Trouble at Paradise

“She was so foxy! She wrote her number on my hand!”

It’s no longer called “Paradise Ballroom.” Instead, it’s the “Lake Waconia Event Center.” How … evocative. And now it’s morphed into something else entirely.

The ballroom was a couple miles outside of Mound, mere yards from Lake Waconia, off Highway 5. Back in the day it always stank of spilt beer, stale cigarette smoke and danger. But we knew it as the former, or just “The Paradise.” I can’t listen to Fleetwood Mac and not think of that place. And there’s one particular night—one magical night—connected to it: Friday, Aug. 26, 1977.

We’d just returned from The Family Project’s trip to Indiana, and I was back in the midst of my friends, out of the clutches of said project. It was a hot summer day, one of the last actually, since in two days we’d be back at high school and I’d be starting my senior year. My post-summer camp girlfriend Deeann called, depressed. “When will we get together again?” she said. I said I had to go. Skeeze was at the door and we were going swimming. And—boom—off the phone.

I know, I know. I was being a dick. I was being as fickle with Deeann as girlfriends before had been with me. There was no shirking that fact. But Deeann lived north of Stillwater and things were taking off back at home.

Excitement was building for Skeeze’s big show that night in Waconia at the Paradise Ballroom. He played drums in a band called Tank with three other guys from Delano: brothers Joey and Mike Rumpsa and some guy named Brad. Pete Andreason and I would be helping the band setup and breakdown that night—ad hoc roadies. Roadies always got the girls, so we were cool with that arrangement. How I was able to swing that kind of night out with my parents is a mystery to me. The diary doesn’t report their reaction.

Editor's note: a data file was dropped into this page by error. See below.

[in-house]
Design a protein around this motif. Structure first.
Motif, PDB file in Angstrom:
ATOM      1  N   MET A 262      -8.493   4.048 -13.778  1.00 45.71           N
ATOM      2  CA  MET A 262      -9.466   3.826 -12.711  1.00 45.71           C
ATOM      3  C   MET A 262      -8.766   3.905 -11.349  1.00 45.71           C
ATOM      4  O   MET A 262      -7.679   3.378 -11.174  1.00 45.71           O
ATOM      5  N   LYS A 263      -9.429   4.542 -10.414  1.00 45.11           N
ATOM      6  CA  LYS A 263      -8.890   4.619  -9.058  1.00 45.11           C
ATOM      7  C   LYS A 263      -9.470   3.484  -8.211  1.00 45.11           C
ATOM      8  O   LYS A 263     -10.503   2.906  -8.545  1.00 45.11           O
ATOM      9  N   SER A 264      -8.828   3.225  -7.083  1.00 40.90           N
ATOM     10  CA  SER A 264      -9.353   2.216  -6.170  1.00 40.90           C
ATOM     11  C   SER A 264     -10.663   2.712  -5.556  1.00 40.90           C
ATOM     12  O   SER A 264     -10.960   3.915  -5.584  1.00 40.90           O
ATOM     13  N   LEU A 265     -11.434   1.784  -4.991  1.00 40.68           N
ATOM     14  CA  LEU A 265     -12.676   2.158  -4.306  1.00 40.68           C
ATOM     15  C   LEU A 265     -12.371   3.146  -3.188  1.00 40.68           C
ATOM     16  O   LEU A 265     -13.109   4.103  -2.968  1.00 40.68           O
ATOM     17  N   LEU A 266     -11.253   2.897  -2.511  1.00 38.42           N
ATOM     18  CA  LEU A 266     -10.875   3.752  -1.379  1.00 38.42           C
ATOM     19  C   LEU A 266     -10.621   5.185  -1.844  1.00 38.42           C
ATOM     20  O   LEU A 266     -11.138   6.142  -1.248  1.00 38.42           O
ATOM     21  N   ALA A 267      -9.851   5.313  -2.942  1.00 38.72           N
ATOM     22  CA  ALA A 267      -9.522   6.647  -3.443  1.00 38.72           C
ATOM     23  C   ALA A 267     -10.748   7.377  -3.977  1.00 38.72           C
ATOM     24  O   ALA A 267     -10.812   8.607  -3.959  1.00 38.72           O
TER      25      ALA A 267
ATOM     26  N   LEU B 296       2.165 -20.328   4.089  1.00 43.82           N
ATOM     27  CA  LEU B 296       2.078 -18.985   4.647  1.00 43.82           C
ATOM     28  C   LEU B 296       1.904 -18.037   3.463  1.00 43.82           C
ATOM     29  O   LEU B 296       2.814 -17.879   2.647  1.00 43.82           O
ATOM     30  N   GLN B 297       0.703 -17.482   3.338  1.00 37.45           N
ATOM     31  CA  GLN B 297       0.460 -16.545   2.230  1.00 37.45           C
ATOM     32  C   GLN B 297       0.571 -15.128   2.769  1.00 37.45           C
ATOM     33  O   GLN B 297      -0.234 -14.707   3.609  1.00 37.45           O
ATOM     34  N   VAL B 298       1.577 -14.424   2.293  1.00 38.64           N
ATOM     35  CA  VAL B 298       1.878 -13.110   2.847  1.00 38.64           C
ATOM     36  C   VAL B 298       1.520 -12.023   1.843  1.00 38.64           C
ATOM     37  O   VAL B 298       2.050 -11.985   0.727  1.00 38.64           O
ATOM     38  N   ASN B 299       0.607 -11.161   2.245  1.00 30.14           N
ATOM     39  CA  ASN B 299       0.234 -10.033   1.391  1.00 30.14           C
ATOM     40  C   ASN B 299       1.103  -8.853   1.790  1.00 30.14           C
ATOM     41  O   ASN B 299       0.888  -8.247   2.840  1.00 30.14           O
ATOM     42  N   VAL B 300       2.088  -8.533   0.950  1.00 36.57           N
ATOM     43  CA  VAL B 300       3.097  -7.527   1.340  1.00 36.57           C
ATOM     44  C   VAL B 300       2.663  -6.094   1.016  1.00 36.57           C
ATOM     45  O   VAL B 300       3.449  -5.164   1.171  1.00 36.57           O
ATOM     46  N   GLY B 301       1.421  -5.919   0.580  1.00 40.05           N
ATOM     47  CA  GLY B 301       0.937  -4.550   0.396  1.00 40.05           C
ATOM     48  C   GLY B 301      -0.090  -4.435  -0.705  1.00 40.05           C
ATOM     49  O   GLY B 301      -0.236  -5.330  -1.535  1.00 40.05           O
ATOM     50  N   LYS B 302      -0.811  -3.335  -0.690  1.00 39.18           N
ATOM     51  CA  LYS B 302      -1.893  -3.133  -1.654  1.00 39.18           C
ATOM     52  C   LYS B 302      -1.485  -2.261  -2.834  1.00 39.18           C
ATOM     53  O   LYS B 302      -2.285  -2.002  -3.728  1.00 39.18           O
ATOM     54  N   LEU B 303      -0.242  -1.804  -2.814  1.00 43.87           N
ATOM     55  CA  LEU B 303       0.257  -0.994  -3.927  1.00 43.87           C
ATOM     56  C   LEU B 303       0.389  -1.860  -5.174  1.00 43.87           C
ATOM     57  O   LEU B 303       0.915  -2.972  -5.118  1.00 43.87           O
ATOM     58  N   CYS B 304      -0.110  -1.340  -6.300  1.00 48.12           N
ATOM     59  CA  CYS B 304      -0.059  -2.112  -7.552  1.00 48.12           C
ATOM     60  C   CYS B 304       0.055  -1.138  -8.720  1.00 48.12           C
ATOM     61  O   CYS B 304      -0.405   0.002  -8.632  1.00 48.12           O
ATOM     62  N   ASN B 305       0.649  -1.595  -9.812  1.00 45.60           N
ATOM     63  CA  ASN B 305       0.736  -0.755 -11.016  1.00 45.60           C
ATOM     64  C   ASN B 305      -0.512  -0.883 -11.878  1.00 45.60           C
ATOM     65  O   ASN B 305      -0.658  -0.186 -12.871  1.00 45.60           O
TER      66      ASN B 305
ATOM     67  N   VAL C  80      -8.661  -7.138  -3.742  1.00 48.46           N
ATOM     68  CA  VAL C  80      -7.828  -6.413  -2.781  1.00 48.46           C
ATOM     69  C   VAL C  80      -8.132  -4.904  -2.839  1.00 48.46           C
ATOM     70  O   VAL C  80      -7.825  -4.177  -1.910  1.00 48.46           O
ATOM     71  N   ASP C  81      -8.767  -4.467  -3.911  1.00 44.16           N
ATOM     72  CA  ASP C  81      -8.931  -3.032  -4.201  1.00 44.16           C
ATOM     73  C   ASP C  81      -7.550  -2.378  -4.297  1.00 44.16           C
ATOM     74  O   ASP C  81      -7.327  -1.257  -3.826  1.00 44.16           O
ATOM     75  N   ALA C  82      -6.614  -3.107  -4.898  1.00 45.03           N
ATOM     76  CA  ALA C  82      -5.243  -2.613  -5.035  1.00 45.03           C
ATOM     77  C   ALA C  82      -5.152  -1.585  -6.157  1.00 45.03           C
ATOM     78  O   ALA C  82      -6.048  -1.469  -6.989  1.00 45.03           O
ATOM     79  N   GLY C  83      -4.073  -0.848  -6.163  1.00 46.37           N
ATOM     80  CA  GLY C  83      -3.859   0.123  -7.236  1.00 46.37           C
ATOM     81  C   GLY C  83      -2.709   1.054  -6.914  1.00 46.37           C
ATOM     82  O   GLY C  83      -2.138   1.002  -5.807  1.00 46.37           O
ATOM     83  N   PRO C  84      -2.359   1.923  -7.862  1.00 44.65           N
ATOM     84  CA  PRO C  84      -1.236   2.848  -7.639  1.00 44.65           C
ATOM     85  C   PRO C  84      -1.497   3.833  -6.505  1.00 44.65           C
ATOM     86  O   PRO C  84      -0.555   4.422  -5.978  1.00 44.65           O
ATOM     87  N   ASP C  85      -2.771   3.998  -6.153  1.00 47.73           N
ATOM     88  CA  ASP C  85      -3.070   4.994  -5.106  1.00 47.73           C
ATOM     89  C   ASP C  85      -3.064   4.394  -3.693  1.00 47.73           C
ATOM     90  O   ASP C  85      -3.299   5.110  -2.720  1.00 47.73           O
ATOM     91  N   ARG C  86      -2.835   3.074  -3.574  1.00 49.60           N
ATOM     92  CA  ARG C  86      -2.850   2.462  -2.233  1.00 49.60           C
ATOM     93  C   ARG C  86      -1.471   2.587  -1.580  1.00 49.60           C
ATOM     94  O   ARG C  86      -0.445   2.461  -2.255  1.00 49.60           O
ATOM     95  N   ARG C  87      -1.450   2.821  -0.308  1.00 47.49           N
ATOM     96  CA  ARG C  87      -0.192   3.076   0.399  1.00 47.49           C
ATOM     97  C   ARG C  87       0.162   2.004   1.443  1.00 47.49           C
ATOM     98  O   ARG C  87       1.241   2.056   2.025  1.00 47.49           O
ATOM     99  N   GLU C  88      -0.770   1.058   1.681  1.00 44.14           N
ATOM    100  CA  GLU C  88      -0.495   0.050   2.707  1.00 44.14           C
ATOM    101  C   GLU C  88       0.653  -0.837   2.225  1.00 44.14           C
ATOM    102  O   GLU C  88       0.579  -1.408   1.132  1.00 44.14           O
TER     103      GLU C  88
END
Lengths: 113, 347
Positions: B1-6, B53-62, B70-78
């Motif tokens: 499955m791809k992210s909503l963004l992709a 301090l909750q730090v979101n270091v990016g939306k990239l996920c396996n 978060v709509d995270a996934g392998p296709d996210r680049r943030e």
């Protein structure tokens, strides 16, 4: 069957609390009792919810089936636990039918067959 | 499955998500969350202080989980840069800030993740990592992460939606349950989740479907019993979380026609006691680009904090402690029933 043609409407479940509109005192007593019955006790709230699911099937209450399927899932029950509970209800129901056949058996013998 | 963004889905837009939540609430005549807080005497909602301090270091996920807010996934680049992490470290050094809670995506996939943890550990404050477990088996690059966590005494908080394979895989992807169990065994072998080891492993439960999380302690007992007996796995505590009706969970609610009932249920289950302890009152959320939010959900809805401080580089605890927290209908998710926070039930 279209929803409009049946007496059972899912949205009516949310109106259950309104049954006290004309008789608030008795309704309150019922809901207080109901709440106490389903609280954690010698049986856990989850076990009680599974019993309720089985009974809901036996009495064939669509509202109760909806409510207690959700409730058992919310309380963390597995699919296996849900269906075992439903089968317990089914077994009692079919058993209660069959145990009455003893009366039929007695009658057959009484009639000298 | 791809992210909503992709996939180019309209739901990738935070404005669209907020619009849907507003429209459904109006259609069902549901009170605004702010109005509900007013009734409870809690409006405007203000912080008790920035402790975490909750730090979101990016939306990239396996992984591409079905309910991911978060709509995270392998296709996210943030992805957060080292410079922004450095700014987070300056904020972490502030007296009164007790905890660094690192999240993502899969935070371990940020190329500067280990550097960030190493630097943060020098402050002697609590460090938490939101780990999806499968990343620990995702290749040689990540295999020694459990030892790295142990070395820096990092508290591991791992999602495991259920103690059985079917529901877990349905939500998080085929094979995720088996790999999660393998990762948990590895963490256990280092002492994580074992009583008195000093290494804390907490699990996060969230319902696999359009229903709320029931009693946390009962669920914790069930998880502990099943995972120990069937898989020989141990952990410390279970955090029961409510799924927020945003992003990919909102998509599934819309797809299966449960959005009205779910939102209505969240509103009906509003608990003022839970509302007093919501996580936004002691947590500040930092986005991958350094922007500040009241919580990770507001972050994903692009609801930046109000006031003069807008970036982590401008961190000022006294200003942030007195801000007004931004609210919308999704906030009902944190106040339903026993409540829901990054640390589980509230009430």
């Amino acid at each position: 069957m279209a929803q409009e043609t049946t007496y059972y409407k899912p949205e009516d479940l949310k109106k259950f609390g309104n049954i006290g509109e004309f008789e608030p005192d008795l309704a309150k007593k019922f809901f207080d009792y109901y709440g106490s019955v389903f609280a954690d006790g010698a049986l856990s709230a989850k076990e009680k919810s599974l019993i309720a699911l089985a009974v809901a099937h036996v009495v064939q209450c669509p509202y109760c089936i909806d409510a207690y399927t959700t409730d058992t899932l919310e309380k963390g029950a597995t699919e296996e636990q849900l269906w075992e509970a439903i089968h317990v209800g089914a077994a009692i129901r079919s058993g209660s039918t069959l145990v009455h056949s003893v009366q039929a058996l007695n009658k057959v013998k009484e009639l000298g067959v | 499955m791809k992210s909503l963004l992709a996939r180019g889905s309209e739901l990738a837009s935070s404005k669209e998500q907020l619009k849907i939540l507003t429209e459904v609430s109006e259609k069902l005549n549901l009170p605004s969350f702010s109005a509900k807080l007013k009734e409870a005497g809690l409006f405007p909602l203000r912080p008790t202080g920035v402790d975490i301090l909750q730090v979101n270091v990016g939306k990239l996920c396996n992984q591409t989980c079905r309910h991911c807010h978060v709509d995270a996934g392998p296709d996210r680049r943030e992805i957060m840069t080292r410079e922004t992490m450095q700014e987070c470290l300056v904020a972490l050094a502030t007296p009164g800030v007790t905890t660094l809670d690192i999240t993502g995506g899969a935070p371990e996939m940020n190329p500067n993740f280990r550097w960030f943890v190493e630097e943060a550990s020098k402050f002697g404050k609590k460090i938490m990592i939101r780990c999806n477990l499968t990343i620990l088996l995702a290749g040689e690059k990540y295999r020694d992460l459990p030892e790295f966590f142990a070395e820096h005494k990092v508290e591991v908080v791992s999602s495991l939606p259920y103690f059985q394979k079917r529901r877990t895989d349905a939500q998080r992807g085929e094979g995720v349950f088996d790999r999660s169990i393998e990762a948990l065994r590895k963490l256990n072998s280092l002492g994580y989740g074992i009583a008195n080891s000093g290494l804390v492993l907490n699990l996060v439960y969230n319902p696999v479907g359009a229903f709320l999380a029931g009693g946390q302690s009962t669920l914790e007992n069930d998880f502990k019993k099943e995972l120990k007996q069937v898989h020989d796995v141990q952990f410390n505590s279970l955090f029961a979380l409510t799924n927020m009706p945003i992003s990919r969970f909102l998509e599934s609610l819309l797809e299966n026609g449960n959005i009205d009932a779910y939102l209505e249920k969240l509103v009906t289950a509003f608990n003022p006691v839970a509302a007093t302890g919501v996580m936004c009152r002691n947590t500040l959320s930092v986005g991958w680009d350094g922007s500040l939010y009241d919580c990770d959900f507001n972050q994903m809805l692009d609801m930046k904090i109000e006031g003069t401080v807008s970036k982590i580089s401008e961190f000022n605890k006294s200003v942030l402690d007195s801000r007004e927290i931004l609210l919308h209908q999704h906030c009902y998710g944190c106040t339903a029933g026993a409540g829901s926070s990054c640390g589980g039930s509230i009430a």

We arrived at 6 p.m., even though people wouldn’t trickle in until 8:30. Pete was dating Mike Rumpsa’s sister Laurie, who had brought along a friend of hers, a “very beautiful blonde” named Karen. People started pouring in: Skeeze’s family, the Svoboda twins, Mark McCurdy and Scott Hanson, a lot of friends from high school.

The whole night became a colorful blur after Pete and I downed a beer each.

Later, while the band played their first set, I danced with Karen, “getting close,” the diary states. We made plans to see each other again; she wrote her phone number on my hand. I was to the moon.

After the show we hauled the drum kit out to Skeeze’s car, only to find his rear tire had been slashed by some of Tank’s Delano rivals. Heat lightning flashed in the west as we jacked up the car and changed the tire. The Rumpsas stopped their car to see about helping, with Laurie and Karen peering out the back seat window.

On the way back into Mound we stopped at the 7-11 for Cokes, then all went for a late-night swim at Tipi-Waken. “Skeeze was so happy,” I wrote in the diary, “he poured Coke all over himself.” It was a fantastic summer night filled with music, friends, romance, all wrapped up in the feeling that summer was winding down and an uncertain last year of school was just starting.

But that was a night for forgetting, about living in the moment. “Funny,” the diary admits, “Venus and Mars were all right, and I didn’t even have to try!”

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~ by completelyinthedark on May 26, 2012.

2 Responses to “Trouble at Paradise”

  1. Wow, what a blast from the past – I still remember that night…

    Liked by 1 person

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